Art and Art Education’s New Media Art Studio ☆
This semester, the Art and Art Education program debuts its New Media Art Studio, located at 51 Thorndike Hall. Created under the direction of Professor Judith Burton, it rounds out the program’s other studio offerings, including ceramics, painting, printing and sculpture.
“The New Media Art Studio will be an empowering, creative space where we can learn to imagine and re-imagine the integration of ‘new media’ with art education. Teachers, artists, and art teachers can experiment, explore and play with the materials of new media art,” explains Sean Justice, doctoral student and manager of the studio.
The New Media Art Studio will feature 12 iMac computer stations with software for learning code, web design, photography, video, bookmaking and illustration, along with scanners and printers. Future plans include positions in sound, 3D modeling, augmented reality imaging, interactive fabrics, light choreography and robotics. Could genotype- and bio-art figure into the mix? Eventually, Justice hopes, with the acknowledgment that dreaming big is part of the journey (and fun) of unchartered waters.
Justice reveals that there’s a internal debate over the name of the studio—and playfully warns that its current name may well change before it is officially christened. Why the waffling? Justice sees the term “new media art” as ambiguous: “We’re building a ‘new’ studio, so does the word ‘new’ modify the studio or the art? In much contemporary art writing, the word ‘new’ has been de-emphasized because there’s hardly anything ‘new’ about computers any more (that is, even as previously unknown configurations become available, the key concept of ‘computer’ as ‘system’—hardware and software—no longer feels as puzzling as it used to).”
Justice explains that words in this new media art age are being used rather interchangeably (such as technology or technological-art, digital, emerging media, mobile media, trans-media, trans-art and post-media), and that’s exciting too. “For me the question of the exact word to use is important as a dialogue because it points to the indeterminacy of the project as a whole. This is very important, I think, because we have to acknowledge that we don’t really know what is happening exactly in this field. Allowing the name to remain up for grabs, a little, helps keep that dynamic open and at play.”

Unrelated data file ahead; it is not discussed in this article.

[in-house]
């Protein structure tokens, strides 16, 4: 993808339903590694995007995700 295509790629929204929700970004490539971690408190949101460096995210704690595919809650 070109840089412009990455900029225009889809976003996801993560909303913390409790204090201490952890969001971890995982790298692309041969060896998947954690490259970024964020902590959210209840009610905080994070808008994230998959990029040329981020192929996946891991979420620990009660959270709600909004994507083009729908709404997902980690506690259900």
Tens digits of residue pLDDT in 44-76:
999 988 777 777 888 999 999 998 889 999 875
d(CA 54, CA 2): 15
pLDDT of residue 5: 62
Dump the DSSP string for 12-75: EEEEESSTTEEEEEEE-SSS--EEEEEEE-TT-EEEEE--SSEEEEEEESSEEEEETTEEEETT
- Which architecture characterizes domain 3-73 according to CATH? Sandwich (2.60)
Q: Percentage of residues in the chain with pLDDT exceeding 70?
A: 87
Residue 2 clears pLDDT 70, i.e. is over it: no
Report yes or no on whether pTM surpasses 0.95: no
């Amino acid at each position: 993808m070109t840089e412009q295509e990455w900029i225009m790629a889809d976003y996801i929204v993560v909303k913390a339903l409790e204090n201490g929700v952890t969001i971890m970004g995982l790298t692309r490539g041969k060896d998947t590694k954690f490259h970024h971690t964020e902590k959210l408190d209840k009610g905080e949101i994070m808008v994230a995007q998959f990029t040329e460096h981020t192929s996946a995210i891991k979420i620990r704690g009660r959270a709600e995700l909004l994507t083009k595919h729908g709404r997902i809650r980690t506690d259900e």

Name aside, the studio’s focus is to explore the position of computers as systems and ways of knowing in art education specifically. Justice feels that what we know about computers has not reached art education, and he offers a contradiction to prove his point: “There’s a lot of work and interest in computers in education, obviously, and there’s a lot of computers in the art world, but there aren’t a lot of computers (yet) in the general art classroom. Ironically it seems that as often as not, an art teacher will be asked to run or oversee a school’s computer lab, but won’t be given many computer resources to be used in the art classroom.”
The studio will serve a wide community, including art teachers learning how to integrate computer systems into their curriculum, non-new media art teachers exploring the general scope of possibilities, program doctoral students running research projects and artists in search of new media studio space.
There are plans to host visiting new media artists who will conduct workshops that exhibit the cutting edge of new media art, and to bring in educators who are currently working with computers in art education (both in and outside of schools) to show what’s already underway. Currently, the studio will offer classes in photo and new technology in the arts, with a new media art process and structures class under development.
As the facility manager, Justice was charged with the task of planning the New Media Art Studio while shutting another of the program’s spaces. He offers his gratitude to Professor Burton for her vision and guidance, and offers a team of others–a true cross-section of the TC community–as key to making the place a reality: Jeff Serravezza and Michael Long of Capital Projects; Tom McDermott in Purchasing; Richard Jochum and Jerry Vezzuso, fellow Art and Art Education instructors; and Angela Allmond, the program’s academic secretary (and fellow student).
Stay posted for a New Media Art Studio blog on Pressible to learn about events and happenings. Until then, the TC community is welcome to visit the space at room 51C, Thorndike Hall*:
Monday 11 to 6
Tuesday 11 to 5
Wednesday 10 to 6
Thursday 10 to 4
Friday 10 to 6
*Note: 10/10 – 10/14, open hours will be reduced because of the digital learning conference at the New School.
To correspond with the studio, please use this email address: MediaArtStudio@tc.columbia.edu